A lot of research has been done over the past few weeks by the greatest minds from universities all over the world. In this edition of bioresearch we’ll have a double take on bio-agriculture, an industry that can’t stop innovating, as well as bio energy and bio medicine.
U.S. Department of Agriculture’s Agricultural Research Service (ARS) and University of California-Berkeley scientists have discovered a new food freezing method that could translate into safer and better quality frozen foods, while simultaneously saving energy and reducing carbon emissions. According to the new research, a worldwide change into the new method could cut energy use by as much as 6.5 billion kilowatt-hours each year. This also would mean a carbon emission reduction of 4.6 billion kg, the equivalent of removing roughly one million cars from roads. Read the report here.
Johannes Lehmann, professor in the College of Agriculture and Life Sciences at Cornell University, recently led a study that points out that cow manure may ignite a new sustainable fertilizing trend. Although it has been used for centuries, decomposing manure with a different technique could be more manageable. Using pyrolysis to decomposing organic matter from 700 degrees Fahrenheit to 1,200 degrees F, without oxygen may retain nutrients from dairy lagoons. The resulting product can transform manure into an eco-friendly biochar fertilizer that doesn’t need dairy producers to store excrement on-farm or in nearby communities. Read the research here.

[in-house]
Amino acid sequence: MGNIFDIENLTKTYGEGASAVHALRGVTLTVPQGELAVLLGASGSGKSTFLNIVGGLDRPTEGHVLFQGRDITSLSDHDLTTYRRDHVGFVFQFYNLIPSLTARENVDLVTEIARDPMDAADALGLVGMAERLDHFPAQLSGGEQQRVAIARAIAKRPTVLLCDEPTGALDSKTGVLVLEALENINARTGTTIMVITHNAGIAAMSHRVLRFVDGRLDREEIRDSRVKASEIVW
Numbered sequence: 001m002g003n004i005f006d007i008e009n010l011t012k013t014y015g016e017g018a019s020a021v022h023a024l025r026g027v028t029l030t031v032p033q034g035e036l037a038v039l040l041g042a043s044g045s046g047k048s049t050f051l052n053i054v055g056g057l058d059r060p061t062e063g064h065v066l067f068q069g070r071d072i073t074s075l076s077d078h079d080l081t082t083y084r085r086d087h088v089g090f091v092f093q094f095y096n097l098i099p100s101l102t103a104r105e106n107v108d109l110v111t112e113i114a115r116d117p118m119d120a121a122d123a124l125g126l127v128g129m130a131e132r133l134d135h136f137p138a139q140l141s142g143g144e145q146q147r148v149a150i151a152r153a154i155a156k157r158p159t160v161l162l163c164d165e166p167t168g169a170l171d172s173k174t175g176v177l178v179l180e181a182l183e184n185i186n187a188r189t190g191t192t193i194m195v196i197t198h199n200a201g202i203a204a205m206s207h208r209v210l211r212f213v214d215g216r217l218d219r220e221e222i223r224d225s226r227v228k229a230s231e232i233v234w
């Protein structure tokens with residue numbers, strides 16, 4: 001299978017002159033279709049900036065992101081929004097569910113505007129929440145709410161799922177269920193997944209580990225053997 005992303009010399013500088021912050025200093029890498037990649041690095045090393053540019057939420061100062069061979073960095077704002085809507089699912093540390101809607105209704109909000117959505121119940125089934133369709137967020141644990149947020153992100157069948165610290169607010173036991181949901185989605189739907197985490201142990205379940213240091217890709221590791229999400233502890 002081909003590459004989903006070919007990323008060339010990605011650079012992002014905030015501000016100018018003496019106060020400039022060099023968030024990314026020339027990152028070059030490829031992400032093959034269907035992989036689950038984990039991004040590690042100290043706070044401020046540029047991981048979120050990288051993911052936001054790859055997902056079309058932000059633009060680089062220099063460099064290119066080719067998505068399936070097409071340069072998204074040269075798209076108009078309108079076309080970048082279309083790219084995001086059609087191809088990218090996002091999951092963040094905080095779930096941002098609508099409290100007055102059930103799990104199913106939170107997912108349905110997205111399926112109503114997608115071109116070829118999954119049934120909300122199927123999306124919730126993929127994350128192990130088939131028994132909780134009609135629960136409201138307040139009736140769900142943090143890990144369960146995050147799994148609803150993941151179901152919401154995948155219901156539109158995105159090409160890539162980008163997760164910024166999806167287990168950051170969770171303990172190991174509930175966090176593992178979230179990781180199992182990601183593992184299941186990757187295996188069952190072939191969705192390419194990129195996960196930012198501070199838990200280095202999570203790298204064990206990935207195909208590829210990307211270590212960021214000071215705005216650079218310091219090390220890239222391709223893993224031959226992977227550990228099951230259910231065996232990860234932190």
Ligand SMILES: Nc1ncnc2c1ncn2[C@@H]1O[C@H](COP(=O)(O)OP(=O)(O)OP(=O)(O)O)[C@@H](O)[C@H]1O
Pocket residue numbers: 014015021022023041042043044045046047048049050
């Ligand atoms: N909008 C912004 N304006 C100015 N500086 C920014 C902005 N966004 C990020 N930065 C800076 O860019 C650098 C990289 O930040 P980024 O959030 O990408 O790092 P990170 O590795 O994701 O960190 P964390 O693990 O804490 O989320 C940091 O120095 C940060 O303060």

Researchers at the Department of Energy’s Pacific Northwest National Laboratory have created a new, more affordable method for carbon capture by converting captured carbon dioxide into methane. According to the studies, when compared to the conventional method of methane conversion, the new process requires an initial investment that costs 32 percent less. Operation and maintenance costs are 35 percent cheaper, bringing the selling price of synthetic natural gas down by 12 percent. Read the report here.
Studies by the Brown School of Engineering reported researchers successfully sewed nanotube fibers into athletic wear in order to monitor heart rate and take a continual electrocardiogram of the wearer. Electronic textiles can prove to be life-saving. The fibers provided not steady electrical contact with the skin and served as electrodes to connect electronics like Bluetooth transmitters to relay data to a smartphone. Read more here.